Yet therein lies the rub. Where do these revenues come from and how does it compare across the rest of the stack? As Paul Miller, senior analyst at Forrester, told this publication in February, the real value for Google, among others, is to assemble and reassemble various parts of its offerings to customers, from software, to infrastructure, and platform. “That should be the story, not whether their revenue in a specific category is growing 2x, 3x, or 10x.”

For McQuire’s part, this is the differentiation between Google and Microsoft compared with AWS. “The alternative approach is where you see companies, typically from the CEO down, that are all-in on transformation, and seeing the workplace environment and internal side of the house as part of that,” he says. “That’s typically where you will see companies go a little bit deeper with a Google or Microsoft; they will embed the entirety of their SaaS applications capabilities in and around decision making for their infrastructure as a service as well.

“That approach very much favours Microsoft, and we’ve seen more and more companies in the context of Microsoft’s big announcements last year.”

The preferred cloud and avoiding lock-in

With this in mind, McQuire sees the rise of the ‘preferred cloud’, as the marketing spiel would put it. AT&T and Salesforce were two relatively recent Microsoft customers whose migrations were illustrated by this word. It doesn’t mean all-in, but neither does it really mean multi-cloud. “Companies will start to entrench themselves around one strategic provider, as opposed to having one multiple cloud, and [being] not necessarily embedded business-wise into a strategic provider,” says McQuire.

This represents a fascinating move with regards to the industry’s progression. Part of the reason why many industries did little more than tip their toes into the cloud in the early days was down to the worry of vendor lock-in. Multi-cloud and hybrid changed that up, so should organisations be fearful again now? McQuire notes Microsoft has been doing a lot to change its previous image, yet a caveat remains.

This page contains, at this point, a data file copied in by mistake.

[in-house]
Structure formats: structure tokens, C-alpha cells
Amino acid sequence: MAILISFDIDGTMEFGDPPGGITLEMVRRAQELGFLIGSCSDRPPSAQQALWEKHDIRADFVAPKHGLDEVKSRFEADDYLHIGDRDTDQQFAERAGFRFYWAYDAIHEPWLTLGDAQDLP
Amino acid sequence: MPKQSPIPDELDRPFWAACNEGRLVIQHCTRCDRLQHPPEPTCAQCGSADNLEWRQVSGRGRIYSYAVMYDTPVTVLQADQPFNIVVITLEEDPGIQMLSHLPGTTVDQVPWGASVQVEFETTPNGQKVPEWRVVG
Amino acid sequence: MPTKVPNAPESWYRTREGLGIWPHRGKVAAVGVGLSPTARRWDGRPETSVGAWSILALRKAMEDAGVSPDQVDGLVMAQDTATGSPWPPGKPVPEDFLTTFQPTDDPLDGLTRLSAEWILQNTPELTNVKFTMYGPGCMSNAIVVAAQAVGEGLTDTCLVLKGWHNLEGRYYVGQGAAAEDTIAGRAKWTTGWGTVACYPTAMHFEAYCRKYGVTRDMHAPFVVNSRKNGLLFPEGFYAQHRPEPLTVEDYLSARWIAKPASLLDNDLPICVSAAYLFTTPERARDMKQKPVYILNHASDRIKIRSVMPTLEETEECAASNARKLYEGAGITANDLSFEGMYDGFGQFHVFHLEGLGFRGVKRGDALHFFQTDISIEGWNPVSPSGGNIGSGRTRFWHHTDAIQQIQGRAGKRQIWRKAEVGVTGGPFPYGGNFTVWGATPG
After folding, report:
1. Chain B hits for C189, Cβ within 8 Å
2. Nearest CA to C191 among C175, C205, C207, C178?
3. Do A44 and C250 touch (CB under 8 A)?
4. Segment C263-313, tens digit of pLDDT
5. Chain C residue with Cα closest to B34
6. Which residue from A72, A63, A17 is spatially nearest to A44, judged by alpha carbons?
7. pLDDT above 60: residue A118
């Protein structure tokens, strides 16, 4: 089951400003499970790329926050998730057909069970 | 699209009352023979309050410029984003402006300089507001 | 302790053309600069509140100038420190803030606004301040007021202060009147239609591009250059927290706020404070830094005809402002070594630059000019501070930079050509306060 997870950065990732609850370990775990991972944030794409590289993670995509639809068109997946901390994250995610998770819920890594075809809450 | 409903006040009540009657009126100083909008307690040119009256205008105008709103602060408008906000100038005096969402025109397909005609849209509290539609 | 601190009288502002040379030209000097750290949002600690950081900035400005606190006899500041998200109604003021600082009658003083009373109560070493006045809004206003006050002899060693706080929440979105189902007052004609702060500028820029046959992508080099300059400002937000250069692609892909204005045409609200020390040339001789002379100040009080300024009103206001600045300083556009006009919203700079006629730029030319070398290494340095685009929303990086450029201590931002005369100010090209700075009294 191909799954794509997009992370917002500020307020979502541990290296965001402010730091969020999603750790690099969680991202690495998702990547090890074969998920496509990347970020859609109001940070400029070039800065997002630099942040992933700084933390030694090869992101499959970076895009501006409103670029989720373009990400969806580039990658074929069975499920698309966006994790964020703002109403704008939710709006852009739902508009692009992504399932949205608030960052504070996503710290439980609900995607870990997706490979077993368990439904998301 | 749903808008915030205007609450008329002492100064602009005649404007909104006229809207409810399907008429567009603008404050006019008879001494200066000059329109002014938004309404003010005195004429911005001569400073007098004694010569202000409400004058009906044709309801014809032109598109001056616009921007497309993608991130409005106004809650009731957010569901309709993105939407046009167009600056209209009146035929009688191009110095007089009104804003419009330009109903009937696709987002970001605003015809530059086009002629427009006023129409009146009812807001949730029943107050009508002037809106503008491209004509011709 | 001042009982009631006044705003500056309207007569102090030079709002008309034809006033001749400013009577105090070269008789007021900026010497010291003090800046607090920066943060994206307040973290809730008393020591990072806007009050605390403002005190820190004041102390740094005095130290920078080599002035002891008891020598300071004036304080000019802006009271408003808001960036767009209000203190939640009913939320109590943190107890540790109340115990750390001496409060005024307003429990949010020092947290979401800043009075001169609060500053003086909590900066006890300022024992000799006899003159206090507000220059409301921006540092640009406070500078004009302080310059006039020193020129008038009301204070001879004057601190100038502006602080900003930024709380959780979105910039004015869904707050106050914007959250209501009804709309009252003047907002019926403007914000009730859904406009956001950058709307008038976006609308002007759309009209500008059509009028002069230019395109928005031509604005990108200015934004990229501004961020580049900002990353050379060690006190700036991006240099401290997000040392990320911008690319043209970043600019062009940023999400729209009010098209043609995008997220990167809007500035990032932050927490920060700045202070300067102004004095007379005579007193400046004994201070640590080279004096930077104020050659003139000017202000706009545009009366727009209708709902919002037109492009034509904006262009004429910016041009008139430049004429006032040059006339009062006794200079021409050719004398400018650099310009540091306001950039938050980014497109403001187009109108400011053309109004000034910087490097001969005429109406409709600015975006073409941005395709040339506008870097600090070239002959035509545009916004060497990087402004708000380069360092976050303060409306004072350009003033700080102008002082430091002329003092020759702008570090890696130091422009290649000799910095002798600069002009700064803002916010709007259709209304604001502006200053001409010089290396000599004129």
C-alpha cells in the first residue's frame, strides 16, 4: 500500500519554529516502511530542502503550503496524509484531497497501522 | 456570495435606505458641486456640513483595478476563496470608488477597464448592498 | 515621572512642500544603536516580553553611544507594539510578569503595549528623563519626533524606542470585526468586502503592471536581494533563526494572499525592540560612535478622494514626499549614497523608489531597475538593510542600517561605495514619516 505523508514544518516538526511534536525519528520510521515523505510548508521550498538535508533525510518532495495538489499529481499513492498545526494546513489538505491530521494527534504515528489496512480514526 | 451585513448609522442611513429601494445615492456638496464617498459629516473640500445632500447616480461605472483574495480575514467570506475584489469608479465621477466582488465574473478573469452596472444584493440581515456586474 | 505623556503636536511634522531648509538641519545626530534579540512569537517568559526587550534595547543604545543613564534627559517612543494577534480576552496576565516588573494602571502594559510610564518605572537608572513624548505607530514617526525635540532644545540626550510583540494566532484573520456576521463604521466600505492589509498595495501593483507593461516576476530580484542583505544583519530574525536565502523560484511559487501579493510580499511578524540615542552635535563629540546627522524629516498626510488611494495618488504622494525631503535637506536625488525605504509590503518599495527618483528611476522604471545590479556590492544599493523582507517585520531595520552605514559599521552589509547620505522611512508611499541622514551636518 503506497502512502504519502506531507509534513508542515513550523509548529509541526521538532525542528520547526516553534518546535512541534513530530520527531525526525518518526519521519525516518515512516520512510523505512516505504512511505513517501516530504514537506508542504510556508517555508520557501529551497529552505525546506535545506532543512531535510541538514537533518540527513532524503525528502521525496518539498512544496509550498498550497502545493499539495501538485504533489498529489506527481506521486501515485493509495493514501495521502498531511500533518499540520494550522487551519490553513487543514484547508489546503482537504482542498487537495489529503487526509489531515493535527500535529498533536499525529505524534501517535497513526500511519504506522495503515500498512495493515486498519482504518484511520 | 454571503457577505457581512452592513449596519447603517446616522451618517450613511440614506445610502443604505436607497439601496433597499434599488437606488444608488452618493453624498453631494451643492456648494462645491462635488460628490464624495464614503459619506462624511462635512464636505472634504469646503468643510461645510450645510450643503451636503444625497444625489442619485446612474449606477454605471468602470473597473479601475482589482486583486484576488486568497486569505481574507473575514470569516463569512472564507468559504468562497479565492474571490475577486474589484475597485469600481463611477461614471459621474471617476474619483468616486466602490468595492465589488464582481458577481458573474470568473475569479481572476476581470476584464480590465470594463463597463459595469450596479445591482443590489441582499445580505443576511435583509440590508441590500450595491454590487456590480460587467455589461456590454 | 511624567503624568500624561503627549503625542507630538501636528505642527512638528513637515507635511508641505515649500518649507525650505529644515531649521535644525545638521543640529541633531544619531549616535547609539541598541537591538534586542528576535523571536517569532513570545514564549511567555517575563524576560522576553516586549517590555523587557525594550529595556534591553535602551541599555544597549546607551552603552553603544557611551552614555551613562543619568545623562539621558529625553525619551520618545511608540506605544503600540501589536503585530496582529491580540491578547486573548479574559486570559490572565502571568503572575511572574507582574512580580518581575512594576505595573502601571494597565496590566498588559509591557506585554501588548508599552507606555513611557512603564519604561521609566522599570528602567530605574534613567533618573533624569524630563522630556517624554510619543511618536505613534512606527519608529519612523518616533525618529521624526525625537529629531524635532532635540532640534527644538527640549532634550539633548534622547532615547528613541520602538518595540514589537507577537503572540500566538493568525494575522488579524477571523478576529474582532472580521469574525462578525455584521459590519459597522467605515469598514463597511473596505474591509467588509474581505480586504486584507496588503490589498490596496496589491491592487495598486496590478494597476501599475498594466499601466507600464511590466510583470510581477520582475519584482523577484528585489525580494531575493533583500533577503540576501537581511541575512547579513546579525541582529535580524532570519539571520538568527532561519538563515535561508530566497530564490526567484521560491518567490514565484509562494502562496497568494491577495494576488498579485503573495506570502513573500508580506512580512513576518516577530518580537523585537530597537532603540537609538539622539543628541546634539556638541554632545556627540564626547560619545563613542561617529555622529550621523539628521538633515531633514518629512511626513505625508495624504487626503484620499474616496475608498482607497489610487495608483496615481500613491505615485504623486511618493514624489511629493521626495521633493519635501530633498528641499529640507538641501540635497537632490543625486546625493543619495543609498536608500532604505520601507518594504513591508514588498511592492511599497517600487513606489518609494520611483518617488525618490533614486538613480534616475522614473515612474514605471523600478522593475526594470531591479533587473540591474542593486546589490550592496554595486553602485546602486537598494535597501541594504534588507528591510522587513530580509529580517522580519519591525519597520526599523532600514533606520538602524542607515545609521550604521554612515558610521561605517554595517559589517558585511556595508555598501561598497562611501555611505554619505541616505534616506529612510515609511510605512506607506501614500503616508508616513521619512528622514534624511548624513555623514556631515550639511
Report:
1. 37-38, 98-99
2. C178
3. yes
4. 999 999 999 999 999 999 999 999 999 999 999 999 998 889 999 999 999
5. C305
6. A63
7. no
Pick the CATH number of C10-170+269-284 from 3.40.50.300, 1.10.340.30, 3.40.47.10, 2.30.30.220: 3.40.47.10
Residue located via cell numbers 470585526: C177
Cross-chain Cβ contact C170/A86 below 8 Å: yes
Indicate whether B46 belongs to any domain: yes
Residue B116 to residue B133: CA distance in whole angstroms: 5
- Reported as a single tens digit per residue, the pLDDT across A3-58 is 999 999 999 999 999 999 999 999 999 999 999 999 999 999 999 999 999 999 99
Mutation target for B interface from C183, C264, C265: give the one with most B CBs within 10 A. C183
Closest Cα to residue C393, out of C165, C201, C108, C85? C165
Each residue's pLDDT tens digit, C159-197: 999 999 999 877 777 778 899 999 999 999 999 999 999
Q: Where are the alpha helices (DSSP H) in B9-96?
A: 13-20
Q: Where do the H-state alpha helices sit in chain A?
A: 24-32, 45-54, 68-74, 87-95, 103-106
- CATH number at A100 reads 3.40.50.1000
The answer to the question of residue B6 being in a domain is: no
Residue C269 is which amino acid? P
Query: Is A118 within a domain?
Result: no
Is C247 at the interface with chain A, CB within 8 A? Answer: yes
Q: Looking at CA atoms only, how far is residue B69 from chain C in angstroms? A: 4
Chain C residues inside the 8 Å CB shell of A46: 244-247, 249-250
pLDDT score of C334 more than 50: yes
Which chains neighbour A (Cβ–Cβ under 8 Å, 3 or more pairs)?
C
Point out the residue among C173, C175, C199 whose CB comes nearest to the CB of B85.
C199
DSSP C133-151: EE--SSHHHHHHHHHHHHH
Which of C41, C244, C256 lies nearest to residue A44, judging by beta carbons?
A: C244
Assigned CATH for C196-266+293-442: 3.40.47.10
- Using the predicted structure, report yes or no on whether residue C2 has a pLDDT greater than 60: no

“There’s always going to be that pre-perceived notion among companies out there that they have to careful with going all-in with Microsoft around this,” he admits. “You see companies navigate through those complexities… [but] I feel that there’s a growing set of customers, particularly globally, and if they’re going with Azure they’re going heavily and quite deep with Microsoft across the piece, as opposed to taking a workload by workload Azure model.”

While Google Cloud is seeing areas of success, particularly among high level services around machine learning, there’s a longer game at play

According to a recent study from Goldman Sachs, more organisations polled were using Azure for cloud infrastructure versus AWS. It’s worth noting that the twice-annual survey polls only 100 IT executives, but they are at Global 2000 companies. Per CNBC again, 56 execs polled used Azure, compared with 48 for AWS.

This again shows the wider strength of the ecosystem, according to McQuire. “For the companies that are making more investments in the infrastructure as a service for Microsoft, they’re doing it with a complete picture in mind around the strength of these higher level services, particularly as you shift into SaaS applications and, more important, a lot of security and management capabilities,” he says. McQuire adds that Microsoft has had success with Azure in the UK, for instance from the number of firms who have moved to Office 365 over the past few years.

What next for Google?

Google Cloud, meanwhile, has had a particularly interesting 12 months. In terms of making noise, under the leadership of Thomas Kurian, the company has been especially vociferous. Its acquisitions – from Looker to Alooma, from Elastifile to CloudSimple – stood out, and even this year a raft of news has come through, from retail customers to storage and enterprise updates.

Expect more acquisitions to come out of Google Cloud in the coming year in what is going to be a long game. Despite the various moves made in terms of recruitment and acquisitions in beefing up Google’s marketing and sales presence, plenty more is to come. “Whilst clearly I think the focus is on improving Google Cloud and targeting very key areas – and they’re seeing areas of success, particularly among high level services around machine learning – there’s a longer game at play,” says McQuire. “The question is: how much time do they have in this arena?